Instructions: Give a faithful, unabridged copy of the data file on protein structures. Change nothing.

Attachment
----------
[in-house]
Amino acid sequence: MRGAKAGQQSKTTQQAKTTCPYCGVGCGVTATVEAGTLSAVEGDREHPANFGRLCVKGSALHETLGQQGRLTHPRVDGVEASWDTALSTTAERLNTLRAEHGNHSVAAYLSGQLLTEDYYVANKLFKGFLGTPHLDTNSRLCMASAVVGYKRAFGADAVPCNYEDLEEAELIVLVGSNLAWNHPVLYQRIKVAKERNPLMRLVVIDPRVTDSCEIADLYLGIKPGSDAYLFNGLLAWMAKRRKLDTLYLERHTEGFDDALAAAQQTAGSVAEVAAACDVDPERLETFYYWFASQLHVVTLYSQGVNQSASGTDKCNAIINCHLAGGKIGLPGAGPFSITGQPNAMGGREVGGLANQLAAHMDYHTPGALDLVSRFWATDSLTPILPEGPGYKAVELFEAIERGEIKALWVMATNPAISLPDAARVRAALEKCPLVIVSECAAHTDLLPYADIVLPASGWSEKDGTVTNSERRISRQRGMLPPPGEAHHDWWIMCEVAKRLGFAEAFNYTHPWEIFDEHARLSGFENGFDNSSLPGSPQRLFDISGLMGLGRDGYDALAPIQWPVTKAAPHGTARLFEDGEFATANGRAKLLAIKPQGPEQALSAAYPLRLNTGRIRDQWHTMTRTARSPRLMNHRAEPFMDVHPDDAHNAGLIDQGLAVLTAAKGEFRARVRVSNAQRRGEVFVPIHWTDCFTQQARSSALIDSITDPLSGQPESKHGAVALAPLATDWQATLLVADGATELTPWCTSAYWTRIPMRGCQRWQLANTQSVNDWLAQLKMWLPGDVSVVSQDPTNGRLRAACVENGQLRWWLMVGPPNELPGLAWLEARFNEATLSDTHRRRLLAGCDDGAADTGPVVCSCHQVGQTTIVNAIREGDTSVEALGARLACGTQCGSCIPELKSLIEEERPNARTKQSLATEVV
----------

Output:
[in-house]
Amino acid sequence: MRGAKAGQQSKTTQQAKTTCPYCGVGCGVTATVEAGTLSAVEGDREHPANFGRLCVKGSALHETLGQQGRLTHPRVDGVEASWDTALSTTAERLNTLRAEHGNHSVAAYLSGQLLTEDYYVANKLFKGFLGTPHLDTNSRLCMASAVVGYKRAFGADAVPCNYEDLEEAELIVLVGSNLAWNHPVLYQRIKVAKERNPLMRLVVIDPRVTDSCEIADLYLGIKPGSDAYLFNGLLAWMAKRRKLDTLYLERHTEGFDDALAAAQQTAGSVAEVAAACDVDPERLETFYYWFASQLHVVTLYSQGVNQSASGTDKCNAIINCHLAGGKIGLPGAGPFSITGQPNAMGGREVGGLANQLAAHMDYHTPGALDLVSRFWATDSLTPILPEGPGYKAVELFEAIERGEIKALWVMATNPAISLPDAARVRAALEKCPLVIVSECAAHTDLLPYADIVLPASGWSEKDGTVTNSERRISRQRGMLPPPGEAHHDWWIMCEVAKRLGFAEAFNYTHPWEIFDEHARLSGFENGFDNSSLPGSPQRLFDISGLMGLGRDGYDALAPIQWPVTKAAPHGTARLFEDGEFATANGRAKLLAIKPQGPEQALSAAYPLRLNTGRIRDQWHTMTRTARSPRLMNHRAEPFMDVHPDDAHNAGLIDQGLAVLTAAKGEFRARVRVSNAQRRGEVFVPIHWTDCFTQQARSSALIDSITDPLSGQPESKHGAVALAPLATDWQATLLVADGATELTPWCTSAYWTRIPMRGCQRWQLANTQSVNDWLAQLKMWLPGDVSVVSQDPTNGRLRAACVENGQLRWWLMVGPPNELPGLAWLEARFNEATLSDTHRRRLLAGCDDGAADTGPVVCSCHQVGQTTIVNAIREGDTSVEALGARLACGTQCGSCIPELKSLIEEERPNARTKQSLATEVV